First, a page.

This morning, as I often do, I pulled on my robe and went out to hang their “chapel” feeder on its hook above the patio, and then I looked up into the redwood tree, because I could tell that the wren was broadcasting from there at that moment. But I couldn’t see him. A junco and titmice and a hummingbird flew back and forth from that tree, to and fro across the yard from tree to rooftop to tree; but the wren followed his routine of staying out of sight while visiting in turn every tall tree in the neighborhood, making sure he communicated to each household, insisting on joy.
**I’ve been cooking a lot. I love having fresh tarragon with which to make the Tarragon-Parsley Salsa Verde. This time I used walnut oil instead of olive oil and it’s great. The yellow in the picture above is lemon zest.
I took all the remaining Painted Lady beans I’d stored and soaked them together. The older they get, the more they turn dark and red and shiny. The older beans took longer to soak, and longer to cook to tender.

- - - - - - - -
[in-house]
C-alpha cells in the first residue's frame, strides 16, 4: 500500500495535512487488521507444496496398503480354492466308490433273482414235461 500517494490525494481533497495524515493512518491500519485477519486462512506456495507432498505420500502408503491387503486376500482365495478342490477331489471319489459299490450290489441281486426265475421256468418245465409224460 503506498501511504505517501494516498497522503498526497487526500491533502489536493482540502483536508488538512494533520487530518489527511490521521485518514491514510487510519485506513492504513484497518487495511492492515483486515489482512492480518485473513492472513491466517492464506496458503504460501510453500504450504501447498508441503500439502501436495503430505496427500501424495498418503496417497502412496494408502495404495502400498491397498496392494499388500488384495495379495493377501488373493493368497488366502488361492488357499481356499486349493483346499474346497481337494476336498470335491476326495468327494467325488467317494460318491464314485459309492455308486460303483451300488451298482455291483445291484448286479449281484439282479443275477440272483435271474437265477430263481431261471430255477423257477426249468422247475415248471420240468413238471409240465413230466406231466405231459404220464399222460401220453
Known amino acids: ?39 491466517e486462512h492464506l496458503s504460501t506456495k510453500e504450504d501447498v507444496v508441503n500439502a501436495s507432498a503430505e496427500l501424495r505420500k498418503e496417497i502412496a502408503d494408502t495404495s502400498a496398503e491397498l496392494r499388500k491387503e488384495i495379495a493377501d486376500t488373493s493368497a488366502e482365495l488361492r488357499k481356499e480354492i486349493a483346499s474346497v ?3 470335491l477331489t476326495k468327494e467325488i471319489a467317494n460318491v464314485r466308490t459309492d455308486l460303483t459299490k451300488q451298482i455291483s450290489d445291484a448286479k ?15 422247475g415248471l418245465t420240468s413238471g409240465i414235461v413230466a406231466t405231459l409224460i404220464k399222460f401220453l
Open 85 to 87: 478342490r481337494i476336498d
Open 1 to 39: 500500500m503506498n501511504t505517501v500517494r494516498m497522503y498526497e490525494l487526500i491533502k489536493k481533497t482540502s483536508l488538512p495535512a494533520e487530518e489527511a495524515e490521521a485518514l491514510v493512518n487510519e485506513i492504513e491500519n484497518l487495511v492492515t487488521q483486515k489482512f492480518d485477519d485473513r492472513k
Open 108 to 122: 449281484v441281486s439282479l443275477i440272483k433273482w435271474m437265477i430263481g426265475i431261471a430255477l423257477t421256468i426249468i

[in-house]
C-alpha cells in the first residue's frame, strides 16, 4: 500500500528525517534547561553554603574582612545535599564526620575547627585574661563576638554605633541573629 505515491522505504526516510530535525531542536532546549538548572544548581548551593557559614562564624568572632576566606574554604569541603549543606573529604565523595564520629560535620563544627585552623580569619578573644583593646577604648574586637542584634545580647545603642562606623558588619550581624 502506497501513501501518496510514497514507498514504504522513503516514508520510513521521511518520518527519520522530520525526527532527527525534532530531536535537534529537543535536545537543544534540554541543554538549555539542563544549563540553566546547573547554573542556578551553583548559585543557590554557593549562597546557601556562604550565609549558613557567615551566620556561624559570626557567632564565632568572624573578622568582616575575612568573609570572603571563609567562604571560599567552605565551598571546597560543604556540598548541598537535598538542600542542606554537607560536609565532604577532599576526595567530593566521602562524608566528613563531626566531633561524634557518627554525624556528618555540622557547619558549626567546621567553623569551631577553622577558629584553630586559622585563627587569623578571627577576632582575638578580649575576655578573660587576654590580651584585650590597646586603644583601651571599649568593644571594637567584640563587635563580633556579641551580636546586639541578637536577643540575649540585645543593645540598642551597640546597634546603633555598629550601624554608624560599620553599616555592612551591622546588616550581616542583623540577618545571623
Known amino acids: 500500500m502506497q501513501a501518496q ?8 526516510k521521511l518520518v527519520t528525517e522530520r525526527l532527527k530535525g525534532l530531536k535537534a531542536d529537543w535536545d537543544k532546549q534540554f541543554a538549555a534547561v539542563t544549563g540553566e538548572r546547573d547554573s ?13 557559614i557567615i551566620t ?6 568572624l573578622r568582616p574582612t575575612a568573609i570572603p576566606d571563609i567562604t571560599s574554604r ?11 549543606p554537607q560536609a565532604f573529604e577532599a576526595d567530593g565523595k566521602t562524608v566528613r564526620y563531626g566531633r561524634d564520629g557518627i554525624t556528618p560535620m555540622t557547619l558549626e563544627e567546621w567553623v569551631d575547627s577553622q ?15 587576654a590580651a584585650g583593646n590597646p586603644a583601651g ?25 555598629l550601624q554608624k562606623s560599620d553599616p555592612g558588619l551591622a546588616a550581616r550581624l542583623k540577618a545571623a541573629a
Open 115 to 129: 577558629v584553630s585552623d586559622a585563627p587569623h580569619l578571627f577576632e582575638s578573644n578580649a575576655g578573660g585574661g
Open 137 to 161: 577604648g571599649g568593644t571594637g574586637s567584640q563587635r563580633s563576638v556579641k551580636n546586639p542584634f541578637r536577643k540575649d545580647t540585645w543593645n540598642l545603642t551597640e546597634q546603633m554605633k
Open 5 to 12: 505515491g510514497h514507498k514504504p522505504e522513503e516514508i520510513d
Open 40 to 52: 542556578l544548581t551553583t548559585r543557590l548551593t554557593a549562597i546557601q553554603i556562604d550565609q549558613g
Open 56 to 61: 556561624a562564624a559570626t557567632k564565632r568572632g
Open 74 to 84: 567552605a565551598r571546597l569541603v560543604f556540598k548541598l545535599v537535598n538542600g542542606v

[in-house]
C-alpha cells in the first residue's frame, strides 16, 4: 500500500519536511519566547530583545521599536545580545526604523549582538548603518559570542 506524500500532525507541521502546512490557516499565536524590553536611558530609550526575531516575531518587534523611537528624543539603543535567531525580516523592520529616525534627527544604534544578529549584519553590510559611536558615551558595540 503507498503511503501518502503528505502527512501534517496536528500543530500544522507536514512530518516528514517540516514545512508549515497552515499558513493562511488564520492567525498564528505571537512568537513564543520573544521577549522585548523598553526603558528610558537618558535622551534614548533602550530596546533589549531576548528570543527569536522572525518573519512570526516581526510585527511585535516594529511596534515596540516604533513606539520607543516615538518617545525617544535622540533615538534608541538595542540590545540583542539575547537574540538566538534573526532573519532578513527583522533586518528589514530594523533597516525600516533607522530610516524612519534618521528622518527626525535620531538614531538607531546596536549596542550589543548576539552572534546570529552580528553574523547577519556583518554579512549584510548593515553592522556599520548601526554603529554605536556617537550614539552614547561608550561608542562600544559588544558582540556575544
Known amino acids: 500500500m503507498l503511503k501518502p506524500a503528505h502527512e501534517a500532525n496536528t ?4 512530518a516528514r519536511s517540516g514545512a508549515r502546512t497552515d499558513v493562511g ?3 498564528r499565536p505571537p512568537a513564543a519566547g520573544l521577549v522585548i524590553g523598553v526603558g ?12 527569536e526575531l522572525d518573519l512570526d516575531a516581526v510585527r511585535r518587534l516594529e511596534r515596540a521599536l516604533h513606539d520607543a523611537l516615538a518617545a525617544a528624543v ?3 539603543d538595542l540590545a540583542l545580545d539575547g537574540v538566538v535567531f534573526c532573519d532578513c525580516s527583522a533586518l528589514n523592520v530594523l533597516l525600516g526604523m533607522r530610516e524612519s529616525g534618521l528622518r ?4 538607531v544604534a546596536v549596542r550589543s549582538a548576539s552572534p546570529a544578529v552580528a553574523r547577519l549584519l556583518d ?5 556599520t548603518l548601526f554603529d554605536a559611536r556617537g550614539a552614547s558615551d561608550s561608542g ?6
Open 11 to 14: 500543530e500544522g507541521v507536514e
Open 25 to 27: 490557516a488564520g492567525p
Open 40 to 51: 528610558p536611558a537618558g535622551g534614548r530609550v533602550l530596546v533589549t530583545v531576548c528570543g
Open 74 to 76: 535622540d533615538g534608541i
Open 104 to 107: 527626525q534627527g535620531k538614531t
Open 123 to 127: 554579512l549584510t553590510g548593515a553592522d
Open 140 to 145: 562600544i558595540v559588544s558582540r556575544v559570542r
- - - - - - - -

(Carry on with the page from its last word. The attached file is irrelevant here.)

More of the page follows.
**My computer comes and goes with my Computer Guy, and while he’s always interesting to talk to on almost any topic, the other day when he came merely to pick up the PC he wanted to talk for an hour before he even unplugged it. He has lots of ideas for how to improve the state of the nation. I told him he’d need to be king so he could make unilateral decisions.
**The construction workers came back! The new bathroom is perfectly usable now, though it has a couple of details unfinished. I soaked in its tub the night after my most strenuous day of pruning. Lovely. My master bedroom walk-in closet is almost done — maybe tomorrow I will be able to start moving into it, after more than a year of shifting my belongings from one room to another. This was the closet that I basically wanted to get unextravagantly spiffed up before the major remodeling was begun. And it has been the biggest inconvenience. That is sometimes most aggravating to think about, but on days like today, the wren makes me laugh aloud.
**I pulled this weed out of the germander and was impressed by the little black seeds. I think it is Black Medick.
**Yesterday morning I was surprised by daughter Pippin appearing in my front garden and calling “Mama!” up to me where I sat by a sunny open window. Such a familiar voice and word… ❤ How she happened to be here is too long a story, but we enjoyed the best hug ever — well, at least since I saw them in March. And then we sat in the garden and chatted and it was so good for our mother-daughter hearts. She and I are not phone-talkers at all; we really need to be together in person to be fully satisfied.